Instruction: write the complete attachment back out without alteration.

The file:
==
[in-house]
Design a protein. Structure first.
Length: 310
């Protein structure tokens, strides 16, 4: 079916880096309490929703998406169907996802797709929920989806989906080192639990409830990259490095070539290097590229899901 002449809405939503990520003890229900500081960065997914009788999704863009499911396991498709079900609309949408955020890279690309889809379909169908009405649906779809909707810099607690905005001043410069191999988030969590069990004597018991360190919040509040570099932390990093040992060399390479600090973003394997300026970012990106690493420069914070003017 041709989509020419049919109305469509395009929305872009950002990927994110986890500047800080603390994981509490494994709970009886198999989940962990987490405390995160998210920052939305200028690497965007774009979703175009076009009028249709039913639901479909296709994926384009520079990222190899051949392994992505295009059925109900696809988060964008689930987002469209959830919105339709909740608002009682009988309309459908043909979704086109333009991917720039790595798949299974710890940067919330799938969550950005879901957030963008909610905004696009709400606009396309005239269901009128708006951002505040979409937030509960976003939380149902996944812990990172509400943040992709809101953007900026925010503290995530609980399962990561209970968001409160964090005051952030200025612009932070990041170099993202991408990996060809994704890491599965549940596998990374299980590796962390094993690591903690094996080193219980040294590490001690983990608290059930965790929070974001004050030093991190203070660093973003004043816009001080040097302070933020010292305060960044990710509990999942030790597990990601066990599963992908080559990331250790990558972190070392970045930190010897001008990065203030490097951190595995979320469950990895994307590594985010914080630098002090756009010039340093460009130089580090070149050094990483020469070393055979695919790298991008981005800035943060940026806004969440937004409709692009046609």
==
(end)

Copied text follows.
[in-house]
Design a protein. Structure first.
Length: 310
């Protein structure tokens, strides 16, 4: 079916880096309490929703998406169907996802797709929920989806989906080192639990409830990259490095070539290097590229899901 002449809405939503990520003890229900500081960065997914009788999704863009499911396991498709079900609309949408955020890279690309889809379909169908009405649906779809909707810099607690905005001043410069191999988030969590069990004597018991360190919040509040570099932390990093040992060399390479600090973003394997300026970012990106690493420069914070003017 041709989509020419049919109305469509395009929305872009950002990927994110986890500047800080603390994981509490494994709970009886198999989940962990987490405390995160998210920052939305200028690497965007774009979703175009076009009028249709039913639901479909296709994926384009520079990222190899051949392994992505295009059925109900696809988060964008689930987002469209959830919105339709909740608002009682009988309309459908043909979704086109333009991917720039790595798949299974710890940067919330799938969550950005879901957030963008909610905004696009709400606009396309005239269901009128708006951002505040979409937030509960976003939380149902996944812990990172509400943040992709809101953007900026925010503290995530609980399962990561209970968001409160964090005051952030200025612009932070990041170099993202991408990996060809994704890491599965549940596998990374299980590796962390094993690591903690094996080193219980040294590490001690983990608290059930965790929070974001004050030093991190203070660093973003004043816009001080040097302070933020010292305060960044990710509990999942030790597990990601066990599963992908080559990331250790990558972190070392970045930190010897001008990065203030490097951190595995979320469950990895994307590594985010914080630098002090756009010039340093460009130089580090070149050094990483020469070393055979695919790298991008981005800035943060940026806004969440937004409709692009046609």